I watch as all the other dads stand at the sidelines of mini-football cheering on their kids, shouting out advice – it’s all like some foreign Attenborough documentary. I know nothing about football, and nor does my male partner. But our 6-year-old son is obsessed; it’s all he talks about, giving us a play-by-play of the school lunchtime game with his friends. But the football dad is one dad stereotype I am not.
As a gay dad, as an adoptive dad, I spend a lot of my day over-analysing how I’m dadding – what I should be doing to parent my son, how to make sure he turns into a fine young man, how to ensure he is supported to be himself and not a stereotype of what a boy is supposed to be. I want him to be loving, caring, sensitive, and empathetic. I want him to be emotionally intelligent and articulate. So we’ve made sure he has the opportunity to do dance, and musical theatre, that he also dolls, is not afraid of the colour pink. But despite encouraging all this (or perhaps because we have) he’s gravitated towards cars, and play-fighting, and football. (But he does like pink, so that’s something.)
But as I stand at the sidelines watching my son ‘tackle’ the ball – (this is a new word in my vocabulary taught to me by my son), I wonder if in trying to get him to do other stuff I’m just creating a new stereotype. And actually, I’m not helping him to be himself at all. Because who he is meant to be is a kid who lives and breathes football. Not because that’s ‘what boys do’ but because it’s what he does.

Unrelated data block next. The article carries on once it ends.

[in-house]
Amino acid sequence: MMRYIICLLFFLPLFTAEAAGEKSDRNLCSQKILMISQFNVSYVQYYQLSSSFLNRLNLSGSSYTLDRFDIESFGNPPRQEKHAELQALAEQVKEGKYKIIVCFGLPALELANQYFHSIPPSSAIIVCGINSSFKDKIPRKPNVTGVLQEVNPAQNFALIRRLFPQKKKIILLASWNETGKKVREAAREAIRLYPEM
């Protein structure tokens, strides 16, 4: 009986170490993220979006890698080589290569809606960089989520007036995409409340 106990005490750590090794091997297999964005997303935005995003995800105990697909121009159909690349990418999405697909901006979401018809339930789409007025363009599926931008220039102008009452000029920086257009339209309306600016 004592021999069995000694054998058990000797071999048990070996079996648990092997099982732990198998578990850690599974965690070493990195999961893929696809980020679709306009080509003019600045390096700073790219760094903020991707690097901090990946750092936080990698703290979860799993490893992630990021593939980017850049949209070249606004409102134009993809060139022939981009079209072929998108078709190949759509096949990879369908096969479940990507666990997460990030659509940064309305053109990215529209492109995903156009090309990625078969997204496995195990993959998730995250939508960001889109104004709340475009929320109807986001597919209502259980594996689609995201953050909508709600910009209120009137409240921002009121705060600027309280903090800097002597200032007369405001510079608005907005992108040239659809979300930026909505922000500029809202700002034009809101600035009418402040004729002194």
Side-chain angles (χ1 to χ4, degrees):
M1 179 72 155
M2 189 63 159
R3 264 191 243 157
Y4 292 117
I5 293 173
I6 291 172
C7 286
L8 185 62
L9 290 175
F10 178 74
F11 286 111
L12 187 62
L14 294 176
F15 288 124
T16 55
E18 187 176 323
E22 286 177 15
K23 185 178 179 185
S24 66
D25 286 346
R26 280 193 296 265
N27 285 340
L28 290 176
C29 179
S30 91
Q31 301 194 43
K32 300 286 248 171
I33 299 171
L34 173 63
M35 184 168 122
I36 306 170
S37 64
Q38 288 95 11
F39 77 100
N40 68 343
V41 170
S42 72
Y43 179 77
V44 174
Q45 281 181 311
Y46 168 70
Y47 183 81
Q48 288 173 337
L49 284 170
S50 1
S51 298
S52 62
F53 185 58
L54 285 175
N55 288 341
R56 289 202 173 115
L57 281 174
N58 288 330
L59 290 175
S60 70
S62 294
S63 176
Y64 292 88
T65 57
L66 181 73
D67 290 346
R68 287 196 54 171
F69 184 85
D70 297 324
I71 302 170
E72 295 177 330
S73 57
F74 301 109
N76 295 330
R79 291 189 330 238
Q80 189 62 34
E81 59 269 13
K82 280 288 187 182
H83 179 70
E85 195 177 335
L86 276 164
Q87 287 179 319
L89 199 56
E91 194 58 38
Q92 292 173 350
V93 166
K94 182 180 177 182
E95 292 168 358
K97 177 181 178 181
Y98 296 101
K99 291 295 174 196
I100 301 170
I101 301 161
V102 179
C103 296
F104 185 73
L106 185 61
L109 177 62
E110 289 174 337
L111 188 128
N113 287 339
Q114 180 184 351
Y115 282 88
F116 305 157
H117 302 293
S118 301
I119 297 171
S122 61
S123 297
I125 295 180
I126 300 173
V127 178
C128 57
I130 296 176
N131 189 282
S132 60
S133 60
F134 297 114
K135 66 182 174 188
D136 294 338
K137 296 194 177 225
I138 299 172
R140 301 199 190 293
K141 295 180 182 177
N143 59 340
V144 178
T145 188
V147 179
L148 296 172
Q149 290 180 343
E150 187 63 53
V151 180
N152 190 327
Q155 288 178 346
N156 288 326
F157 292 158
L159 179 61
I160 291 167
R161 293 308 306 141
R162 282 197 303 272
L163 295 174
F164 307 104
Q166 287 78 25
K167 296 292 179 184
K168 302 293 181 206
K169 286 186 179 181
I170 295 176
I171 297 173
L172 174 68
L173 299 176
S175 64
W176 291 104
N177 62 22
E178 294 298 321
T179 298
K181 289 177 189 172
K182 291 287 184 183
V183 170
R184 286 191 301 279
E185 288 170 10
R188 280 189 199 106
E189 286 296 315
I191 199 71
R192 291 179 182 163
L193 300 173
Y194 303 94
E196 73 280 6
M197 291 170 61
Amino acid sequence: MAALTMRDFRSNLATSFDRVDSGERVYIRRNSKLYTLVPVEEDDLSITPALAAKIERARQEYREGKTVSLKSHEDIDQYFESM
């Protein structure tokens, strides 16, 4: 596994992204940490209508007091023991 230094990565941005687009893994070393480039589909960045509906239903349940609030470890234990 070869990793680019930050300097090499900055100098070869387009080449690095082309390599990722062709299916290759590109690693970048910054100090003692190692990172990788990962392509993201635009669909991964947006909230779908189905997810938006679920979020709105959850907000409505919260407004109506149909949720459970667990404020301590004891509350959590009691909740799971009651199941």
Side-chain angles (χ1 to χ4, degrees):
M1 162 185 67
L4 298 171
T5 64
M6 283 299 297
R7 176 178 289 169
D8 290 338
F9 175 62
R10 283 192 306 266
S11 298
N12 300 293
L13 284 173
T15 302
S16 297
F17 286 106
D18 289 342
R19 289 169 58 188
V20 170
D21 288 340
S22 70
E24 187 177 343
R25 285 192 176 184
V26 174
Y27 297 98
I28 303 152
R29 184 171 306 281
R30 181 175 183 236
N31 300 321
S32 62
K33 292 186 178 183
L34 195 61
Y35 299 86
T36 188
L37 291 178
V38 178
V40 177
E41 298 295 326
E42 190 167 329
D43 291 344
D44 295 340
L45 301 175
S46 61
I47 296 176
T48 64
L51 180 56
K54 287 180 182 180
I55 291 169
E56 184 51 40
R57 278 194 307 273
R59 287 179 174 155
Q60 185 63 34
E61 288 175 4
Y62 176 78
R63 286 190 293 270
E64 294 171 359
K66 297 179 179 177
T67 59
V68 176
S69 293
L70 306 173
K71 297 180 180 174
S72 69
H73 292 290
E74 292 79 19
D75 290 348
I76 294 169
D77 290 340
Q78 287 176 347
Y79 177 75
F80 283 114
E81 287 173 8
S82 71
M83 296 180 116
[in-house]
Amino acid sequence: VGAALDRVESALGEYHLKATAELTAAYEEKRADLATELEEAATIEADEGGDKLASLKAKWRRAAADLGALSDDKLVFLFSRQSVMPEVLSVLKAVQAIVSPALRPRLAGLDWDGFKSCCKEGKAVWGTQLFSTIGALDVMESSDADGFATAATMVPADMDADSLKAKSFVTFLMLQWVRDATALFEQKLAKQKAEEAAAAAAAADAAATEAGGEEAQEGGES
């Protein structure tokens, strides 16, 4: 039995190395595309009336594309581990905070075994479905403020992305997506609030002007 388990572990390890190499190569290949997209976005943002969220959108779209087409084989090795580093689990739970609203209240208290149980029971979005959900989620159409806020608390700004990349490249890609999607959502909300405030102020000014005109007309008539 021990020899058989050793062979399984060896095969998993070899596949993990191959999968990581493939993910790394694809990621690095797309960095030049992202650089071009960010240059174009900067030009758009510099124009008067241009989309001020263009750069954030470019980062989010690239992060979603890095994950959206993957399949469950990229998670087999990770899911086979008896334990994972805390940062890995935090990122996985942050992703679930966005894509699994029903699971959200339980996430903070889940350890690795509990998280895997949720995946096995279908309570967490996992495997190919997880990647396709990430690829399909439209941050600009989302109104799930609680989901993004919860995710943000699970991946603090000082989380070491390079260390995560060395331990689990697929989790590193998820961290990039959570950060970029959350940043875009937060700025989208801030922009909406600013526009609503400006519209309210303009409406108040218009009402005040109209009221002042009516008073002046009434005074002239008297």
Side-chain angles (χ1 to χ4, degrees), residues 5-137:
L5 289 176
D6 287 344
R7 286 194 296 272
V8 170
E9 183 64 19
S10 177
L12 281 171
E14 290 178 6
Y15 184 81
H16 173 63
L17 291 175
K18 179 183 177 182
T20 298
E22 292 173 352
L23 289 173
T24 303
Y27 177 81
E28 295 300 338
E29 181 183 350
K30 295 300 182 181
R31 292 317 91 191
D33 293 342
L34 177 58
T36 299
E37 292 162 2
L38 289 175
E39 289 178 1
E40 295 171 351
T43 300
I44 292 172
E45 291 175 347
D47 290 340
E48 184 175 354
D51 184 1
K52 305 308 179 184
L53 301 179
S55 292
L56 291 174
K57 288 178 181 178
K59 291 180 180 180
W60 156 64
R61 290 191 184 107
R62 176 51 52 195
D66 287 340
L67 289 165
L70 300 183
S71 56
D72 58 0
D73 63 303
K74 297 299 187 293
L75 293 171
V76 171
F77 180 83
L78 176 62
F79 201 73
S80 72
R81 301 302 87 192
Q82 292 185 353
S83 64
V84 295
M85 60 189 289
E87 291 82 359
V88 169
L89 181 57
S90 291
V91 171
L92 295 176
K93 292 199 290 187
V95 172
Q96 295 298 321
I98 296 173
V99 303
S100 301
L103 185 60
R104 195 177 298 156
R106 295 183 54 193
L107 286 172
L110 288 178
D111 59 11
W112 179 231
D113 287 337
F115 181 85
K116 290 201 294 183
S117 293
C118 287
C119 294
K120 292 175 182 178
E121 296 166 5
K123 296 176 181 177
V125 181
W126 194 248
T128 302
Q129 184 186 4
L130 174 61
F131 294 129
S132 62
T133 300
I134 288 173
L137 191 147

With Fathers’ Day around the corner – my mind goes to some of the father/son memories with my son of the past year: my son telling me he wants to have been in my tummy; asking me why I have grey in my beard and if I’m going to die; my son eating around the edges of every single cookie knowing we’d notice if he took a whole cookie; my son screaming the house down every time I attempt to wash his face or apply suncream; my son having an impromptu breakdance party with me in the middle of the kitchen; my son telling me I’m so annoying and not invited to his birthday party; my son telling me I’m his best friend.
But I also think of memories that aren’t mine. I think about his birth dad. I think about what he’s doing in his kitchen while I’m dancing with our son. I think about what he’s doing while I plan our son’s birthday party – is he also looking at the date as it approaches and wondering what our son is doing, just like I’m thinking about him? And on Fathers’ Day, while we are out for lunch, then kicking a ball in the park, then eating popcorn, cuddled up watching a movie, what is he doing? And I think of him alone, wondering about his son, and that makes me sad.
And then I think about him alone, not even pausing to think about our son, and that makes me more sad. Because it makes me think of that other dad stereotype: the dispassionate, uncaring one. The absent dad.
So how do we stay present as dads? How, with so many negative stereotypes and models of fathers that precede us, do we create new, positive ones?
My son is running down the pitch and he scores a goal. And I’m elated. I’m on my feet, cheering. Proud. So maybe I am on my way to being the football dad stereotype after all.